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VOL. 128 | NO. 22 | Friday, February 1, 2013

Johnson Honored by U of M With Authur Holmon Award


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If Cato Johnson ever decided to leave his position as senior vice president of corporate affairs at Methodist Le Bonheur Healthcare, he could quite possibly become an epic spokesperson for an energy drink. A healthy one, that is.


A 40-minute interview with Johnson reveals a man who is deeply knowledgeable about his field, passionate about his community and generous with his time. He is cheerful and good-humored, and it’s difficult to have a conversation with him without inevitably cracking a smile.

Friday, Feb. 1, the University of Memphis will recognize Johnson for his accomplishments and contributions with the Authur S. Holmon Lifetime Achievement Award. The ceremony, presented by the university’s Black Student Association and the Office of Multicultural Affairs, will take place during a 7 p.m. reception for Black History Month at Rose Theatre.

Established in 1991, the award honors Memphians whose lives exemplify outstanding dedication to the community.

“We look for someone who has not only given back to the community but to the university’s students as well,” said Linda Hall, multicultural affairs coordinator at University of Memphis. “Cato Johnson is a great example to our students that it doesn’t matter where you start out in life, it’s where you go from there. Anyone can achieve success and make a difference.”

When it comes to Johnson’s success, it’s difficult to condense his professional accomplishments and altruistic nature. His official bio lists at least 27 community committees, councils, boards and associations. The lifetime achievement award will join at least eight other honors and accolades.

“I’ve always felt that we all have an obligation to do anything and everything we can to make our community better,” he said.

Born and raised in Memphis, Johnson credits his parents with providing a strong foundation of values on which he and his two brothers could build their futures.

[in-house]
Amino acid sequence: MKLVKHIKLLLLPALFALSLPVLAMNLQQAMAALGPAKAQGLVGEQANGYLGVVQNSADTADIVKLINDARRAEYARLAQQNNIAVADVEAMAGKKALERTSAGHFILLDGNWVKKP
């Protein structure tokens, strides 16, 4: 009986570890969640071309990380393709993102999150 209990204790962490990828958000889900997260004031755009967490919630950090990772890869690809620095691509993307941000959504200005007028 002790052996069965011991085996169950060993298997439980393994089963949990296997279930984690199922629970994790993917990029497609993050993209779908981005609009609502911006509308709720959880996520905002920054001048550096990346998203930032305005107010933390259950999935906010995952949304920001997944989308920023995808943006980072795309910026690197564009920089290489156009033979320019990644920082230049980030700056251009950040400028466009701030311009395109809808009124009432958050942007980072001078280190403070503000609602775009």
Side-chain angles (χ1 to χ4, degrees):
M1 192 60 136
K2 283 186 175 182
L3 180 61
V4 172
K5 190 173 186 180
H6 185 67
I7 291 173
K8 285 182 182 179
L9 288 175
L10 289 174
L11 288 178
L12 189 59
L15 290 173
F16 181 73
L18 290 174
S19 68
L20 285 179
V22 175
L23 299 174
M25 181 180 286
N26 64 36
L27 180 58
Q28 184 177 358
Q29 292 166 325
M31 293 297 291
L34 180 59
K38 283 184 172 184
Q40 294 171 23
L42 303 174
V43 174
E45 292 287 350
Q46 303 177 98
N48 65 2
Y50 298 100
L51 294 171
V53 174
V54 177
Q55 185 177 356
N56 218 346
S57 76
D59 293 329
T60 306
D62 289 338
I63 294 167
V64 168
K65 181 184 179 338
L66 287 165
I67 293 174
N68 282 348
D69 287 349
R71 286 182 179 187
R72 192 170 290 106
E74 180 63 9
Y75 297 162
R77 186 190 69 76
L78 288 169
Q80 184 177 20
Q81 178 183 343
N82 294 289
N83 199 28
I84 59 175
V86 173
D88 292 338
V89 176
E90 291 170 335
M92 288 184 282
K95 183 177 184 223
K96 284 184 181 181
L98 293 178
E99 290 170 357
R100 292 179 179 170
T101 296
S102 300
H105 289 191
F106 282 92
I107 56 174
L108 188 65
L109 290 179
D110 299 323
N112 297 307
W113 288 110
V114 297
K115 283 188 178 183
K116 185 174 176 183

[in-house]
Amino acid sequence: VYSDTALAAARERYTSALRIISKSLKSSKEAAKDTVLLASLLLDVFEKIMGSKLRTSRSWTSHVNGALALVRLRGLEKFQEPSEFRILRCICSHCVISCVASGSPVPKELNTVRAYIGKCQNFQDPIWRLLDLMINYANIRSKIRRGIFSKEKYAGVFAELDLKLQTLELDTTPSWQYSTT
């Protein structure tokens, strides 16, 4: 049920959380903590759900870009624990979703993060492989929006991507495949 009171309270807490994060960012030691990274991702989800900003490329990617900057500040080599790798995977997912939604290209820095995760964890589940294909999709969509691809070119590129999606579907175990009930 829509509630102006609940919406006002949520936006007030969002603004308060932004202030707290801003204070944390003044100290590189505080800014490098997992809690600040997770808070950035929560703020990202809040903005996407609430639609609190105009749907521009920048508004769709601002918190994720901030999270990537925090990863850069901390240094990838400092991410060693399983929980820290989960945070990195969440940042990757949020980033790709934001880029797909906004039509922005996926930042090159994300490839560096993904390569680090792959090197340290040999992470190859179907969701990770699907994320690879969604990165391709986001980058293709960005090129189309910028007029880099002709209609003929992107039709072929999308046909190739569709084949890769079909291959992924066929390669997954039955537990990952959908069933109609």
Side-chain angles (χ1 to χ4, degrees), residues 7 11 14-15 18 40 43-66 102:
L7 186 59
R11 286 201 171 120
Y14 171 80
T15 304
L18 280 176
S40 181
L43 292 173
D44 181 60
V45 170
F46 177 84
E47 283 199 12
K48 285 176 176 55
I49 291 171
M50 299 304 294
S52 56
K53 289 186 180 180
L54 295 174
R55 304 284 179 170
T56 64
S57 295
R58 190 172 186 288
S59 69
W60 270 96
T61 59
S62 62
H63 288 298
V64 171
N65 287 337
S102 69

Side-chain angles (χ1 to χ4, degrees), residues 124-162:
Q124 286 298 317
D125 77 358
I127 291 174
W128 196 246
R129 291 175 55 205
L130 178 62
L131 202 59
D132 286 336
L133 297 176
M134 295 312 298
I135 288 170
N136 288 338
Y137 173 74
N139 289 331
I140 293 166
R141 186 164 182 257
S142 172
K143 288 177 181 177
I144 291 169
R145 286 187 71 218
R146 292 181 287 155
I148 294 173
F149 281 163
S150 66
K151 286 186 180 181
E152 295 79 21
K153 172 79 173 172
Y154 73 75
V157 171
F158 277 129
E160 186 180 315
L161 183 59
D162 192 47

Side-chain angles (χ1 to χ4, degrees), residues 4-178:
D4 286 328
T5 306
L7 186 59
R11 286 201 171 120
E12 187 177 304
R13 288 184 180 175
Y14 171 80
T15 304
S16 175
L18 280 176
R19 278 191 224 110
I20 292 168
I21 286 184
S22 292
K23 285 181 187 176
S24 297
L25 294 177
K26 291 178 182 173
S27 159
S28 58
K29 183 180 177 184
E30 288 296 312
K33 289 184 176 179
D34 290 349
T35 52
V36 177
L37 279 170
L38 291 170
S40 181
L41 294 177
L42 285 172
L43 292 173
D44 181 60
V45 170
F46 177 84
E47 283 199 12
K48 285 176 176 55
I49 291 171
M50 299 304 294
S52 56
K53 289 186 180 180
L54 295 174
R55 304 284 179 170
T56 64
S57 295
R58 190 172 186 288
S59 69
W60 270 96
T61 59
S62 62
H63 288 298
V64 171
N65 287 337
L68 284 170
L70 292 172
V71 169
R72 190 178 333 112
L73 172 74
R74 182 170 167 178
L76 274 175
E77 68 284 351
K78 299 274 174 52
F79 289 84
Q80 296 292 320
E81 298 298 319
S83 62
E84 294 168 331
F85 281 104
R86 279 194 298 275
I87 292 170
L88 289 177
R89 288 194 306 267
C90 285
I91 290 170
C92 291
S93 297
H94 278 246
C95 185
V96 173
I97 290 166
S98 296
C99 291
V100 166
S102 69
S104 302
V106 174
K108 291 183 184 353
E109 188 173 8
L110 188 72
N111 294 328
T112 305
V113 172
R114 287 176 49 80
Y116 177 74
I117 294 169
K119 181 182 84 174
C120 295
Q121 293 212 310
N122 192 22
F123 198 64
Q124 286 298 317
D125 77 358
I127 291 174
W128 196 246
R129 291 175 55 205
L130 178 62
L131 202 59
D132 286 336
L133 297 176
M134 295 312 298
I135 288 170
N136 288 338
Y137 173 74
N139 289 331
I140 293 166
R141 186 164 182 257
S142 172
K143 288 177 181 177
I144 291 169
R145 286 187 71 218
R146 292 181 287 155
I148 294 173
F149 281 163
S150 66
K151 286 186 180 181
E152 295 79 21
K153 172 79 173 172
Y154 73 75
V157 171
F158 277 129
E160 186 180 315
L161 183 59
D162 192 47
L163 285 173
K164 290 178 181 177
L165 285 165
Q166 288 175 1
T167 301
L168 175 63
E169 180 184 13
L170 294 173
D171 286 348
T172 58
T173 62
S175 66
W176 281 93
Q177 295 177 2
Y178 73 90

“In our household, there were two things you knew you were going to do – go to church and go to school,” he said.

As to what he wanted to be when he grew up, Johnson said he didn’t have a specific career in mind back then.

“Cato Johnson is a great example to our students that it doesn’t matter where you start out in life, it’s where you go from there. Anyone can achieve success and make a difference.”

–Linda Hall
University of Memphis

“For me, the biggest thing was to graduate from high school and college,” he said. “I knew that if I focused on my relationship with God and did the best I could to receive a good education, I’d do all right.”

He did do all right. Today Johnson holds bachelor’s and master’s degrees in education from the University of Memphis. He is a member of the U of M Athletic Advisory Board of Directors. He also has been chair of the university athletic department’s Community Advisory Committee, past president of the U of M Alumni Association and a member of the Board of Trustees for the University of Memphis Foundation.

Beyond his involvement with the university, Johnson is dedicated to improving the educational landscape throughout the region. He is vice-chair of the Tennessee Higher Education Commission as well as Shelby County’s Needs Assessment Committee, which evaluates and addresses the capital needs of Memphis and Shelby County schools.

Johnson is the former chair and current member of the Southwest Tennessee Community College Foundation Board. He also has served as co-chair of Memphis Mayor A C Wharton Jr.’s Advisory Council on Education. And that’s only part of the list.

“I have a tremendous passion for education – I honestly believe education is one of those entities that can drive so many positives,” Johnson said.

He’s also passionate about health care, and at Methodist Le Bonheur, where he’s overseen corporate affairs since 1985, no two days at work are the same. He works on issues surrounding health care reform, health care reimbursement and Medicaid expansion, to name just a few.

And, as with education, he shares his knowledge and experience with the community whenever he can. He was an original member of former Tennessee Gov. Don Sundquist’s TennCare Roundtable, chair of the TennCare Medical Care Advisory Committee, vice-chair of the State Health Planning and Advisory Board and a member of Gov. Haslam’s Health and Wellness Task Force.

Peel away all the titles, accomplishments and awards, and you’ll find that Johnson is a big-hearted man who cherishes his family and lives a life governed by humility and good intentions.

“My greatest accomplishment, by God’s grace, is raising a child, Cato Johnson III, who graduated from college and is now working in the Shelby County school system,” he said. “And being married to my wife, Georgette, for 37 years.”

He finds joy in being a Sunday school instructor at Cross of Calvary Lutheran Church, reading and working out six days a week.

Johnson’s advice for others who aspire to success is fairly simple.

“Always assume positive intent. It’s so easy to dwell on the negative, but life is a lot easier when you focus on the positive,” he said. “And at the end of the day, regardless of how many degrees you have and how smart you think you are, focus on your relationship with God. Every day, there are still things that drive me to my knees.”

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